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GLIN==> Great Lakes Governors and Ministers urged to share cost of electric fish barrier

Great Lakes Governors and Ministers urged to share cost of electric fish

In a letter to Governor Bob Taft, chair of the Council of Great Lakes
Governors, the International Joint Commission (IJC) urged the governors and
ministers of the Great Lakes states and provinces to meet an urgent U.S.
$1.8 million funding shortfall to complete the construction of a permanent
electric barrier in the Chicago Ship and Sanitary Canal. The barrier is
needed to prevent the imminent introduction of Asian carp to the Great Lakes
and the potential destruction of the estimated $4.5 billion annual sport and
commercial fishery.
"Failure to prevent the introduction of this invader may result in severe
economic and ecological damage to the Great Lakes ecosystem, perhaps even
exceeding the damage caused by previous introductions of the sea lamprey and
zebra mussel," state IJC Canadian and U.S. co-chairs Herb Gray and Dennis
Schornack, in the May 21, 2004 letter which can be found at Recent Press
Releases at www.ijc.org.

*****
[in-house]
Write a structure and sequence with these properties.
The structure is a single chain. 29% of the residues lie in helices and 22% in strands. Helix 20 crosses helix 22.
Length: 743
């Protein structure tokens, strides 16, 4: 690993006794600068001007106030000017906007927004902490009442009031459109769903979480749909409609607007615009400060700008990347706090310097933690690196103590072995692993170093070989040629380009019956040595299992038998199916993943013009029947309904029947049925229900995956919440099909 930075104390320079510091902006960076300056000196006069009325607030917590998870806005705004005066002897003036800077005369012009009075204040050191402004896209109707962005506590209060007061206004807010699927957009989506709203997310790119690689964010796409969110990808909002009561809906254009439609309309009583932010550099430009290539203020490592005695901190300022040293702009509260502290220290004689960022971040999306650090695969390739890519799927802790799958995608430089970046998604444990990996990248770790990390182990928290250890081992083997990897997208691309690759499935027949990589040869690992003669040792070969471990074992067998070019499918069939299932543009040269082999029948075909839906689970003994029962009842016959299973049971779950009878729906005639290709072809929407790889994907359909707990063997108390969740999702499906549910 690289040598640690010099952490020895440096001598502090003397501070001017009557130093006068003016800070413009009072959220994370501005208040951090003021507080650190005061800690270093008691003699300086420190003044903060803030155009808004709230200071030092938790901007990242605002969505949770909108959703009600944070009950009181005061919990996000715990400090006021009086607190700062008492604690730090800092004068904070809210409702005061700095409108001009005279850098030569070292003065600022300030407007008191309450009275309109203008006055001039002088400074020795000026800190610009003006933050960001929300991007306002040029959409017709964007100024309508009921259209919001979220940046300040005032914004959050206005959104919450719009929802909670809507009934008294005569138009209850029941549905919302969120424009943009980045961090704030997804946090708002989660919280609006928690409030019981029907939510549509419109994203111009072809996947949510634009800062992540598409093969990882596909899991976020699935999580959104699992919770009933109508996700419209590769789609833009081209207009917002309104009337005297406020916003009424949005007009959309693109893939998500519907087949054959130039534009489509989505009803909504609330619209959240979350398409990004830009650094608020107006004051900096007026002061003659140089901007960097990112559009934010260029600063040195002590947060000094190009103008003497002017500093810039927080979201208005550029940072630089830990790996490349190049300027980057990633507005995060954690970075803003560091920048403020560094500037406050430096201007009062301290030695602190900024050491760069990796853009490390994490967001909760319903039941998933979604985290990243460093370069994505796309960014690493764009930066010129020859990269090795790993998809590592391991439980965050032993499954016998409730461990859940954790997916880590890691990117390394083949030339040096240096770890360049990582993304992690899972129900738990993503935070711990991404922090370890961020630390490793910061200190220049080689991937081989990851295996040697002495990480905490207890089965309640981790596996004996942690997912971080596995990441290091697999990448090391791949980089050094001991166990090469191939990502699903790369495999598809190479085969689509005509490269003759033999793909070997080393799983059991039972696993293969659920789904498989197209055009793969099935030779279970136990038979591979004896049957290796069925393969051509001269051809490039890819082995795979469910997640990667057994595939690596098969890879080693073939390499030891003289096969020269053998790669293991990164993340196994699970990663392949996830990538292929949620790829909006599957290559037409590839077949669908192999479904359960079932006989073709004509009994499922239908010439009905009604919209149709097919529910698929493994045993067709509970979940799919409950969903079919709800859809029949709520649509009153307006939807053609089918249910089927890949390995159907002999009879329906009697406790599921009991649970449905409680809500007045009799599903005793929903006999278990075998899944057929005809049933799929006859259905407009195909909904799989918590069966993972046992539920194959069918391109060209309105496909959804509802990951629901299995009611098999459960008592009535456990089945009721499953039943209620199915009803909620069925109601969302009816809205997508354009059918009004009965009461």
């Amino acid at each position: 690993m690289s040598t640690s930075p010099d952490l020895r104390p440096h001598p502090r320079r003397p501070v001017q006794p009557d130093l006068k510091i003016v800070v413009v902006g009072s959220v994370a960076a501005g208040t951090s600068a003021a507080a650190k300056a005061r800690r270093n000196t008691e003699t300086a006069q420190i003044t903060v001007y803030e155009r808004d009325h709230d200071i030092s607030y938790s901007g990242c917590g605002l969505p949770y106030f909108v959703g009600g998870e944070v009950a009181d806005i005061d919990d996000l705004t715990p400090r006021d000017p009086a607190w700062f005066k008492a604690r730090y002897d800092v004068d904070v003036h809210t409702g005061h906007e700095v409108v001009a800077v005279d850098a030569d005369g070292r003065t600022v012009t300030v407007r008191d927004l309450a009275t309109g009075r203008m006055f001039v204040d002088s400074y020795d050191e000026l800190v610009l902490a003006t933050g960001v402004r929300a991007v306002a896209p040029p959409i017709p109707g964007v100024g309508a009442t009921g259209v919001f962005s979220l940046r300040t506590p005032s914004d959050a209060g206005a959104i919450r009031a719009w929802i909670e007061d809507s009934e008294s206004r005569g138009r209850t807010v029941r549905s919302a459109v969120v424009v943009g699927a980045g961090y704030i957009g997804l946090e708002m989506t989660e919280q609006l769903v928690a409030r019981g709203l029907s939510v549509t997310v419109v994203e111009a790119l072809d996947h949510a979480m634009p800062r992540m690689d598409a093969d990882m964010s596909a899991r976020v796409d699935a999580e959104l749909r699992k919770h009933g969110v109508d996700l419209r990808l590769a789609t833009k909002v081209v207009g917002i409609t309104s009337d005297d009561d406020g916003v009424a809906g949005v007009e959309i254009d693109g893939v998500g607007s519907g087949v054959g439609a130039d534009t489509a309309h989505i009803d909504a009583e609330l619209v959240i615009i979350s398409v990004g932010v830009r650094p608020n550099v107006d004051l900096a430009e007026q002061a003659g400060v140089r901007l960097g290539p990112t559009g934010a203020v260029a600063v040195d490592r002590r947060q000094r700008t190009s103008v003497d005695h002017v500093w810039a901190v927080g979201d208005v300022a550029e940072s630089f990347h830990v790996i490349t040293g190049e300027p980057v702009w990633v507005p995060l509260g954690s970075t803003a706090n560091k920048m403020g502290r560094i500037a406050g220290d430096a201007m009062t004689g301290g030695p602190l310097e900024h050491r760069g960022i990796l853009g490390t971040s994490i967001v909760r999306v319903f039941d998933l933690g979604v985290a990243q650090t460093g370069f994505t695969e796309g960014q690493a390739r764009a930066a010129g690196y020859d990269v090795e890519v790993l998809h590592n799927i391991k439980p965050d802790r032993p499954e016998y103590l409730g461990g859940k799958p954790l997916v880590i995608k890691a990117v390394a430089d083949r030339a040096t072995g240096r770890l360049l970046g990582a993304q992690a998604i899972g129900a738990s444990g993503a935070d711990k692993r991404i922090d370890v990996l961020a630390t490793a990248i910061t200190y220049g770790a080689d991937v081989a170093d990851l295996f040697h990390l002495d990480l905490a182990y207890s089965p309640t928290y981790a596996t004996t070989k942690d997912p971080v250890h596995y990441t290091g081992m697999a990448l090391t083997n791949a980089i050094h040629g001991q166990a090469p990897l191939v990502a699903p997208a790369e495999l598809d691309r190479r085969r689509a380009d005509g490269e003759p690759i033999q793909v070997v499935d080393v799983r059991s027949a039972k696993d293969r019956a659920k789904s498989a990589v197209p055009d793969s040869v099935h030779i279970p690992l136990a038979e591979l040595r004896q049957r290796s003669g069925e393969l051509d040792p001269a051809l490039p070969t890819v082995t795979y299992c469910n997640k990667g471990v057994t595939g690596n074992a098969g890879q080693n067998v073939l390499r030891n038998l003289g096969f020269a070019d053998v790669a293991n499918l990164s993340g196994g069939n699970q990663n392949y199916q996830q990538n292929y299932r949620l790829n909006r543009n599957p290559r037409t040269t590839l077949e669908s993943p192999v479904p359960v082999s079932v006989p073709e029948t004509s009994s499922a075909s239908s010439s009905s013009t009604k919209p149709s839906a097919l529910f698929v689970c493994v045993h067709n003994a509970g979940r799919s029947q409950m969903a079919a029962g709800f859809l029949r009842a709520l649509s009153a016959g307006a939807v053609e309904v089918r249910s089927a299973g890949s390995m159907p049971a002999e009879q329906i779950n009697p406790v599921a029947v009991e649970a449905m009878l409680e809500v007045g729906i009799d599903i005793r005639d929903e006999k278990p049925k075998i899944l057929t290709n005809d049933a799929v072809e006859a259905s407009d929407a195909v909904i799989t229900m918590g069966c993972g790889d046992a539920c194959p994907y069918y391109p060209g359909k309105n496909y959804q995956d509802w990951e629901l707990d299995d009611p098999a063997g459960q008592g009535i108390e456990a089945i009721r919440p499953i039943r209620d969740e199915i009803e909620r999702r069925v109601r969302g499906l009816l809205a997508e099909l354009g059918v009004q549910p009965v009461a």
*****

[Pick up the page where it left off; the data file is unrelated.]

Using a federal/nonfederal cost-share process, the U.S. Government has
already contributed $5 million toward the project, and the State of Illinois
has contributed $1.7 million as the local cost-share partner.  Due to
changes to improve the barrier design and unanticipated costs, an additional
$1.8 million is needed to complete construction of the permanent electric
barrier by a September 30, 2004 deadline. 
"Specifically, we urge all the governors and the provincial ministers to
join their colleague in Illinois and the federal government in fully funding
the construction of a permanent barrier.  ... Illinois cannot serve as the
single rubber stopper at the bottom of the Great Lakes basin," the letter
Two species of Asian carp that are within 50 miles of Lake Michigan could
soon gain access to the Great Lakes through the Chicago Ship and Sanitary
Canal. A temporary, experimental electric barrier built by the U.S. Army
Corps of Engineers has served as the last line of defense in preventing the
movement of Asian carp into the Great Lakes; however, the temporary barrier
is near the end of its expected lifespan and some of its components are
The International Joint Commission was established by the Boundary Waters
Treaty of 1909 to help the United States and Canada prevent and resolve
disputes over the use of the waters they share. Under the Great Lakes Water
Quality Agreement, the IJC also advises the governments of the two countries
on measures needed to restore and maintain the integrity of the waters of
the Great Lakes basin ecosystem.
John Nevin,                           Washington
(202) 256-1368
Fabien Lengelle,                   Ottawa

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